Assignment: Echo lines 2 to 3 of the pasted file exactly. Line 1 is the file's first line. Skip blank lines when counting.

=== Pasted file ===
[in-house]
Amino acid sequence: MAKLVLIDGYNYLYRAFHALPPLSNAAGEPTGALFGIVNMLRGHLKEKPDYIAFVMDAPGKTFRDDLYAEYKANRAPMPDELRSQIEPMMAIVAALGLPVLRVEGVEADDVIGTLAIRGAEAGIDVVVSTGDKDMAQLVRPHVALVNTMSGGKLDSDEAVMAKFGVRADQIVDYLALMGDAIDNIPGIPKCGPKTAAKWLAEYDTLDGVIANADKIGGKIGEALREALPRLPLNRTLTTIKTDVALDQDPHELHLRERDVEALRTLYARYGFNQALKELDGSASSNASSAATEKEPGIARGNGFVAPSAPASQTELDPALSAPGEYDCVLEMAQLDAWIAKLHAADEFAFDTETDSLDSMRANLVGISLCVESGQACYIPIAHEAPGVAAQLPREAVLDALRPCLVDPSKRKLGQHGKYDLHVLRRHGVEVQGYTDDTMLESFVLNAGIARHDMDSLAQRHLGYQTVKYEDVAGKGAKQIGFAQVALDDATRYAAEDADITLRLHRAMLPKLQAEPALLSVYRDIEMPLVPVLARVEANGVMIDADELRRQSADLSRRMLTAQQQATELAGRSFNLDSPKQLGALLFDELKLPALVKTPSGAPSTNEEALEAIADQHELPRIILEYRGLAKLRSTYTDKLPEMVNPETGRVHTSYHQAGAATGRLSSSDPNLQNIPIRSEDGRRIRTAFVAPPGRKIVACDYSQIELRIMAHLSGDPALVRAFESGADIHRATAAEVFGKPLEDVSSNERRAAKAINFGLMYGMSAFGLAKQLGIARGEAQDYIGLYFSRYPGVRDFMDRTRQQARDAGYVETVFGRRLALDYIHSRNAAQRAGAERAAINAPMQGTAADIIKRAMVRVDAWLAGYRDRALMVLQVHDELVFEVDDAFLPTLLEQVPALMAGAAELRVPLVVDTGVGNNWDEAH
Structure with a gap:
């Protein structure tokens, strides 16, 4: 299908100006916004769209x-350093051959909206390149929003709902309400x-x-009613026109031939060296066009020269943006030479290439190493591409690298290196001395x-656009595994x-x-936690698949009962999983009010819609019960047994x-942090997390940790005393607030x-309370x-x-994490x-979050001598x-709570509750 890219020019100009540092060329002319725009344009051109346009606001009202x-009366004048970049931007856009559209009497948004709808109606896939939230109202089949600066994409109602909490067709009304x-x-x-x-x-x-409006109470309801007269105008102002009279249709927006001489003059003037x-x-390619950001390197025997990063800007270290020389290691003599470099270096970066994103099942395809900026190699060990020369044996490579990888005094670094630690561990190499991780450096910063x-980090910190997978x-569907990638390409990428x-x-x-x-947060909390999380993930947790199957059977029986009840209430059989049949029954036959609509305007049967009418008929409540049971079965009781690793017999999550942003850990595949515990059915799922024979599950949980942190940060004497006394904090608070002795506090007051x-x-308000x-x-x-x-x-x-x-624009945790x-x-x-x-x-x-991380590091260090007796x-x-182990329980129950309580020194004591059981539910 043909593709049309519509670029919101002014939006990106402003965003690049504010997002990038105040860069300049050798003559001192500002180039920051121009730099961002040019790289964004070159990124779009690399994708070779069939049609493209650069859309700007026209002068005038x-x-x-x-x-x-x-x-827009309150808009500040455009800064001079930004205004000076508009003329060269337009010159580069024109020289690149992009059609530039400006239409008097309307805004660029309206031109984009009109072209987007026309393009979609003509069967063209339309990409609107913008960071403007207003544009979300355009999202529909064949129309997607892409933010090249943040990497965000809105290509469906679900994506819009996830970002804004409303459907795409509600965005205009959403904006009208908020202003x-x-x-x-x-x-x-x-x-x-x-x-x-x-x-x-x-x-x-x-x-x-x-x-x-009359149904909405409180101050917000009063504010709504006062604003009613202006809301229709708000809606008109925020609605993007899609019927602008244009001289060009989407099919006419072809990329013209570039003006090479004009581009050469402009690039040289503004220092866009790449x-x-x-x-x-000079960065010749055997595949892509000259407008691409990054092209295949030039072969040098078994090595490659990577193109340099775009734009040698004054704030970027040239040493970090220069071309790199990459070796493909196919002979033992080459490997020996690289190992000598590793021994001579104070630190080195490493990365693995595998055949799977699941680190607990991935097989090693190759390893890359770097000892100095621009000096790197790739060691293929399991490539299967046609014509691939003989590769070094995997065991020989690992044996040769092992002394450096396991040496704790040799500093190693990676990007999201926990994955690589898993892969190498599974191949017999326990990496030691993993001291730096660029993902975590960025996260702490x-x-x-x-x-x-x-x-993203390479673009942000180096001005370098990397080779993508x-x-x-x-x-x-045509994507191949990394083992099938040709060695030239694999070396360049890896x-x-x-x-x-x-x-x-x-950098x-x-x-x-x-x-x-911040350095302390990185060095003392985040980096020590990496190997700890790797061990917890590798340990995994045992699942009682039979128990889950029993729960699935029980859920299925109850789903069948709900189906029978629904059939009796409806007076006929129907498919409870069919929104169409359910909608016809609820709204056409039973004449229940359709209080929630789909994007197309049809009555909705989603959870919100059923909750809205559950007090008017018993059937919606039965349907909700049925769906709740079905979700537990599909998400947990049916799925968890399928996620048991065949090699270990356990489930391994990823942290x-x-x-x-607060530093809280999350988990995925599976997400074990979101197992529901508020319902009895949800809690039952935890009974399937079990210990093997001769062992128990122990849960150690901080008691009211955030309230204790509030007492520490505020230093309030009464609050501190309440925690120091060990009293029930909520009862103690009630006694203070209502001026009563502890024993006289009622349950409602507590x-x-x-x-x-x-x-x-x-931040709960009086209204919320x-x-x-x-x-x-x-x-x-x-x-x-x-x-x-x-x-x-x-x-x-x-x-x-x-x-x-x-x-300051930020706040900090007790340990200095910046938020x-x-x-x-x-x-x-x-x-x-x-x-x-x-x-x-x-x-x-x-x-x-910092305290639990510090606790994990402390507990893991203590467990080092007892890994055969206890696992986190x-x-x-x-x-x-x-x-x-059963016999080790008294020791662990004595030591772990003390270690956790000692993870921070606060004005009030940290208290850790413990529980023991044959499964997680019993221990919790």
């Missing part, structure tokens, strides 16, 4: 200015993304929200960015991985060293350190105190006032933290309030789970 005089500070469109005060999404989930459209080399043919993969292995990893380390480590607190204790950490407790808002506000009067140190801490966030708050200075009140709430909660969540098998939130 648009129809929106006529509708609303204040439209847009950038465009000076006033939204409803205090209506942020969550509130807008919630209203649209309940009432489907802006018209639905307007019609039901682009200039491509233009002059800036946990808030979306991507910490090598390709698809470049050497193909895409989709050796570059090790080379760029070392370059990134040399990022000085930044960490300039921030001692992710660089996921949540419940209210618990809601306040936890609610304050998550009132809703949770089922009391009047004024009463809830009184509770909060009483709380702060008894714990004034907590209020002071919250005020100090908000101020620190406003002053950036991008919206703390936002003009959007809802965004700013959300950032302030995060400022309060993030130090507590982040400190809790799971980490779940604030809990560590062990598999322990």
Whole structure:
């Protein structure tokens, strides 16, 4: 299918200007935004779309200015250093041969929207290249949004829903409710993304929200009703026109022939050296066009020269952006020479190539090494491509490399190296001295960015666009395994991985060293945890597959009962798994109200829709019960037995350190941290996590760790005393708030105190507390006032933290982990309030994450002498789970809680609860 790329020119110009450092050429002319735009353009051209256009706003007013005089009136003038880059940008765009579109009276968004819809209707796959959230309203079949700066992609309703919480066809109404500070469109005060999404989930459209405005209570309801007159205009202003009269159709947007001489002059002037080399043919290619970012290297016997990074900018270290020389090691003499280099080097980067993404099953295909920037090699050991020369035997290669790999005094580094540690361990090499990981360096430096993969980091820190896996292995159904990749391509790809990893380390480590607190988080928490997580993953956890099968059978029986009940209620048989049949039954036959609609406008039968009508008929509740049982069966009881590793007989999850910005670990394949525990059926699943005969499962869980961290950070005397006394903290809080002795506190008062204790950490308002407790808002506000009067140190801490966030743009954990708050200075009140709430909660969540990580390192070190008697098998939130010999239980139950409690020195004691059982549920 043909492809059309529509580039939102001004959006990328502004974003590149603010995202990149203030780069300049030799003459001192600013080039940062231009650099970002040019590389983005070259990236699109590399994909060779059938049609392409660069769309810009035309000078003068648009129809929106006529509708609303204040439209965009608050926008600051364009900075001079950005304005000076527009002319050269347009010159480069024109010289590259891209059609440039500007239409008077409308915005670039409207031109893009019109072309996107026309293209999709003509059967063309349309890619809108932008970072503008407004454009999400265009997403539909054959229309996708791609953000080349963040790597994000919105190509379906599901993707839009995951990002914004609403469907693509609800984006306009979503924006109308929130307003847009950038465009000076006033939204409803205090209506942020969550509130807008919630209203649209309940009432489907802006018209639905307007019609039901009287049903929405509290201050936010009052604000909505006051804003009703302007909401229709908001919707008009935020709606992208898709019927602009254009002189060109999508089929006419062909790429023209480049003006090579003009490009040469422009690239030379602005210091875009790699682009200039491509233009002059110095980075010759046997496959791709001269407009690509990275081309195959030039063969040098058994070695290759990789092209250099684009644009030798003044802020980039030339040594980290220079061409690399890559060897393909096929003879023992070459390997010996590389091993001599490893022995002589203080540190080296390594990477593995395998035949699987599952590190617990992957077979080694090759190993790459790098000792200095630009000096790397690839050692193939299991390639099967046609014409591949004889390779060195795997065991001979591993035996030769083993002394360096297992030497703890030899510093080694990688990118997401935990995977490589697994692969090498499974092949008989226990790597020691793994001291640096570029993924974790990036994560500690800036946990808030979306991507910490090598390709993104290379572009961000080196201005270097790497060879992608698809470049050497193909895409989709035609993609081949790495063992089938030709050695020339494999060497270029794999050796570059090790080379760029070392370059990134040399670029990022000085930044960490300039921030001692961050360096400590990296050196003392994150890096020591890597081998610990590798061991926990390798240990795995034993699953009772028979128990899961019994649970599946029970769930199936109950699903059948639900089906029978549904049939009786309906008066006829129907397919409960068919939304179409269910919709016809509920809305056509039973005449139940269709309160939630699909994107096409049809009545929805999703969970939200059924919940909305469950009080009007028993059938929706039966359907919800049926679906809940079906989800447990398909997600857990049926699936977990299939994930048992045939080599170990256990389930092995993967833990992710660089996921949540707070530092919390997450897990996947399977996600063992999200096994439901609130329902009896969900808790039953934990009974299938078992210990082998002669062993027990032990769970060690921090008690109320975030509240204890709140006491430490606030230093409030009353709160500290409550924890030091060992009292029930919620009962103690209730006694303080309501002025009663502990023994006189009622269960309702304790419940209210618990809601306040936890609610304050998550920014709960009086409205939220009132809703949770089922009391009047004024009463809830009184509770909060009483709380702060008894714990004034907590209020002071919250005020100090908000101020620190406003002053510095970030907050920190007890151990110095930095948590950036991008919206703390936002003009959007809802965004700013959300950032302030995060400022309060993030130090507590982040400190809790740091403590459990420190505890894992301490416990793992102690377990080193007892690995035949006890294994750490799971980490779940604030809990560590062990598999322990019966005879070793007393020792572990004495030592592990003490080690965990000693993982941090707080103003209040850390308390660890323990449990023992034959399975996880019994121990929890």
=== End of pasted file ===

Amino acid sequence: MAKLVLIDGYNYLYRAFHALPPLSNAAGEPTGALFGIVNMLRGHLKEKPDYIAFVMDAPGKTFRDDLYAEYKANRAPMPDELRSQIEPMMAIVAALGLPVLRVEGVEADDVIGTLAIRGAEAGIDVVVSTGDKDMAQLVRPHVALVNTMSGGKLDSDEAVMAKFGVRADQIVDYLALMGDAIDNIPGIPKCGPKTAAKWLAEYDTLDGVIANADKIGGKIGEALREALPRLPLNRTLTTIKTDVALDQDPHELHLRERDVEALRTLYARYGFNQALKELDGSASSNASSAATEKEPGIARGNGFVAPSAPASQTELDPALSAPGEYDCVLEMAQLDAWIAKLHAADEFAFDTETDSLDSMRANLVGISLCVESGQACYIPIAHEAPGVAAQLPREAVLDALRPCLVDPSKRKLGQHGKYDLHVLRRHGVEVQGYTDDTMLESFVLNAGIARHDMDSLAQRHLGYQTVKYEDVAGKGAKQIGFAQVALDDATRYAAEDADITLRLHRAMLPKLQAEPALLSVYRDIEMPLVPVLARVEANGVMIDADELRRQSADLSRRMLTAQQQATELAGRSFNLDSPKQLGALLFDELKLPALVKTPSGAPSTNEEALEAIADQHELPRIILEYRGLAKLRSTYTDKLPEMVNPETGRVHTSYHQAGAATGRLSSSDPNLQNIPIRSEDGRRIRTAFVAPPGRKIVACDYSQIELRIMAHLSGDPALVRAFESGADIHRATAAEVFGKPLEDVSSNERRAAKAINFGLMYGMSAFGLAKQLGIARGEAQDYIGLYFSRYPGVRDFMDRTRQQARDAGYVETVFGRRLALDYIHSRNAAQRAGAERAAINAPMQGTAADIIKRAMVRVDAWLAGYRDRALMVLQVHDELVFEVDDAFLPTLLEQVPALMAGAAELRVPLVVDTGVGNNWDEAH
Structure with a gap: